4. Creative. Creative people are adaptive. They are not married to one idea, but look at the problem in front of them as a composition. An artist, for example, might say if I add more red to the sky, will I convey the feeling of a day gone by. For the CFO, they must be creative and open up their thinking too to the “what-ifs.”

    This applies to hiring beyond finance degrees. Even though so many technologies help us succeed in the finance world, if you don’t have the right talents in place, you’re not going to last very long so build the finance team on skills.

  5. Empathetic. During Covid, empathy was important. If you are leading a remote workforce, give everyone an opportunity and equal chance to share their thoughts. This honors the value each person brings. To me, this is inclusion at its best. It could be as simple as encouraging people to speak at the beginning of a meeting.

    Empathy also, in part, drives retention amidst a growing trend of job hopping. Many people call this year “The Great Resignation Year.” According to Microsoft, 39% of people are going to change jobs this year. That poses a significant challenge to employers because they have to motivate employees to stay.

    This presents more challenges to financial leaders because finance skills are highly transferable regardless of the field or industry. Retaining top talent will mean understanding what drives their employees. The salary itself won’t be enough. It is about the kind of employee experience you want to drive. Employees are not just a cost center; they’re assets.

  6. Global Visionaries. People can work from anywhere in the world. This means a more diverse and inclusive workforce, the benefits of which are huge: higher profit, greater innovation, more idea-sharing, better culture.

    Seeing the workforce from a global perspective comes at the right time. According to Gartner, the finance organization has become increasingly flattened. Senior finance leaders manage more employees and functions than ever before. One way to win the talent war is with FinTech tools that can automate repetitive tasks so that the finance team can focus on strategic projects.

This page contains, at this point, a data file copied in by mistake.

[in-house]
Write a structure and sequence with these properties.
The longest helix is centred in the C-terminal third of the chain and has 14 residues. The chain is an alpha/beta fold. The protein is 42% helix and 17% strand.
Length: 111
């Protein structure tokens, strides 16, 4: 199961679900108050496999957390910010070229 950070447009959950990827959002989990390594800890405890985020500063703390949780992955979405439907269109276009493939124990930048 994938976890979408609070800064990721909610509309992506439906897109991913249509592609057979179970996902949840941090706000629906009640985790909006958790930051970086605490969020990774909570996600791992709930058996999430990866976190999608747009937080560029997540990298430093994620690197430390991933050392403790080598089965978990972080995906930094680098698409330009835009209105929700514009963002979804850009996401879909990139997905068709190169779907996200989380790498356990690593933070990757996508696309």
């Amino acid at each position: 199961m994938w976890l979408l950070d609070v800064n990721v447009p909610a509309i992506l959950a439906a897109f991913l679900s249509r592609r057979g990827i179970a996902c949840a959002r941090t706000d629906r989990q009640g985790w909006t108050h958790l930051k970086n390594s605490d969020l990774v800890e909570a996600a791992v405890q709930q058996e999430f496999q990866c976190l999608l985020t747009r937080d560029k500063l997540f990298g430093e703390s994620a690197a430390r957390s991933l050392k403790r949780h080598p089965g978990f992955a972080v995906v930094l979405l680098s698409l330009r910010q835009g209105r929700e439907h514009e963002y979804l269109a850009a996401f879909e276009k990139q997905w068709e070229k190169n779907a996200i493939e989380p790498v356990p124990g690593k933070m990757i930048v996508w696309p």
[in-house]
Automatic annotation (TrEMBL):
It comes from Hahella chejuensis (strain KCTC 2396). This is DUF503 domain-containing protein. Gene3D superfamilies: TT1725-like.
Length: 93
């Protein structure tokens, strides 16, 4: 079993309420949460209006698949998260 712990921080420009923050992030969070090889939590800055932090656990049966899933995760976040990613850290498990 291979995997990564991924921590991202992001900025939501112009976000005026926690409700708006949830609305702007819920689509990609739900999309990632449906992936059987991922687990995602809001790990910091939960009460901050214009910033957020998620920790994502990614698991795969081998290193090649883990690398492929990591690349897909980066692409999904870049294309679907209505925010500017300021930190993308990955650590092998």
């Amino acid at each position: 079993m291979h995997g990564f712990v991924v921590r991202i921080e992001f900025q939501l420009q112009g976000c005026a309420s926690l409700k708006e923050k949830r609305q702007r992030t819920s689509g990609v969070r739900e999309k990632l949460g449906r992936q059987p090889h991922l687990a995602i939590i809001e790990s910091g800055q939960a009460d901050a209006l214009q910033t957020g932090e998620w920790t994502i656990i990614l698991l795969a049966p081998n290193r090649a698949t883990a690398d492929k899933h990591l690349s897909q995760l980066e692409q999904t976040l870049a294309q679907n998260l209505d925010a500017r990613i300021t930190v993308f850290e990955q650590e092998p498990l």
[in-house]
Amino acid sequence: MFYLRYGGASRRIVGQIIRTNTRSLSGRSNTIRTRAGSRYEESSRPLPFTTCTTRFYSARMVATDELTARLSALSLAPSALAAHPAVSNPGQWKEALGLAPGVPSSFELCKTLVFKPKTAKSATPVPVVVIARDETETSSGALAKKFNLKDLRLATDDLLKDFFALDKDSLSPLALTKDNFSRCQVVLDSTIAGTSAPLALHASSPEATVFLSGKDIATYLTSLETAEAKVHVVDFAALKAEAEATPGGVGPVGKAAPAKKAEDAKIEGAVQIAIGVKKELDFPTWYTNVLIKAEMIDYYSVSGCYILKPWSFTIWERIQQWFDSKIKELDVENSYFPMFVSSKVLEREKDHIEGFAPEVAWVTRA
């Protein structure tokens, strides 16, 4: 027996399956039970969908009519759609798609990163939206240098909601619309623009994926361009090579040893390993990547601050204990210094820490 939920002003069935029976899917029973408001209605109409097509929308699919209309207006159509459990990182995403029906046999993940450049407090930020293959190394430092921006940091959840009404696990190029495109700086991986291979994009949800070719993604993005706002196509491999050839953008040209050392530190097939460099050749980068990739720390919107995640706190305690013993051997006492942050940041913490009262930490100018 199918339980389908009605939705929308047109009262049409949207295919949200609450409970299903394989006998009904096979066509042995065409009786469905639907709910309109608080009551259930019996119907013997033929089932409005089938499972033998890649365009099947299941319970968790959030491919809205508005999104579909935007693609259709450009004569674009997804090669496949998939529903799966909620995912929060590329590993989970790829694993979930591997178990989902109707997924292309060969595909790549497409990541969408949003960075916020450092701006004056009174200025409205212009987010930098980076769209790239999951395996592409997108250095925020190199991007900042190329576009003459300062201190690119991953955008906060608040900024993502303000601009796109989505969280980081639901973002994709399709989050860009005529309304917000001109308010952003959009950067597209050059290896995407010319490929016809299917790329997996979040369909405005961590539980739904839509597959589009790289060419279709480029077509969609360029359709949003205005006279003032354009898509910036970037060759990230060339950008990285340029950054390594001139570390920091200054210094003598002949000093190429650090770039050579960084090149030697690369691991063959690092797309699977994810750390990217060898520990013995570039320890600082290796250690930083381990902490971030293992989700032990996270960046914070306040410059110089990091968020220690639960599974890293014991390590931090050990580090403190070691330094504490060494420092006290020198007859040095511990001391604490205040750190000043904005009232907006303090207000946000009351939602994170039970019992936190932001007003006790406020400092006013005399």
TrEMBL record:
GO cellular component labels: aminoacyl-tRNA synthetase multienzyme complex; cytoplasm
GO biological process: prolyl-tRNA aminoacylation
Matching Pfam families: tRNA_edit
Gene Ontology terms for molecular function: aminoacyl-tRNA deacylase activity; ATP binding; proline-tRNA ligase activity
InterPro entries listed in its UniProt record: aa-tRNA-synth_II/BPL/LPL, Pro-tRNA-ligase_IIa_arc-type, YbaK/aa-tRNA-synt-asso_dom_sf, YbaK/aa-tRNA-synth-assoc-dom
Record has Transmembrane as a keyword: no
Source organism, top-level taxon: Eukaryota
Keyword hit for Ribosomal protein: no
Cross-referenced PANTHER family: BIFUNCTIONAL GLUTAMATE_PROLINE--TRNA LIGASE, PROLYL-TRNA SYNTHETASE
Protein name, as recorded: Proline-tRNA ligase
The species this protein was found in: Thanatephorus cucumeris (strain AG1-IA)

Embracing the Shift

People have long considered finance as number crunching. Is technology changing that? Yes, and nowhere do we see more evidence of this than in the CFO’s impact on culture. Companies with CFOs who focus on building culture have a higher chance of success because culture is determining, for many people, whether they stay or go. In a Fortune article authored by Workday president and CFO Robynne Sisco, she writes: “While some workers may be leaving for better opportunities, many are departing because they don’t feel that their companies support them, that they have a culture of belonging, or that their leaders have been empathetic to their evolving needs during this extraordinary time. Therefore, investments in culture are so critical at this moment.”


Ms. Sisco closes the article by saying that CFOs are “ultimately responsible for the numbers. But it’s also true that a strong company culture goes hand in hand with engaged, productive employees, lower attrition, and a greater likelihood of reaching your strategic goals.”

The critical question for CFOs to ask then might be: How do I shift from efficiency to impact? While the answers may not be clear, one thing is certain: the CFO is a leader in the band, influencing growth acceleration and a more expressive performance for the entire organization.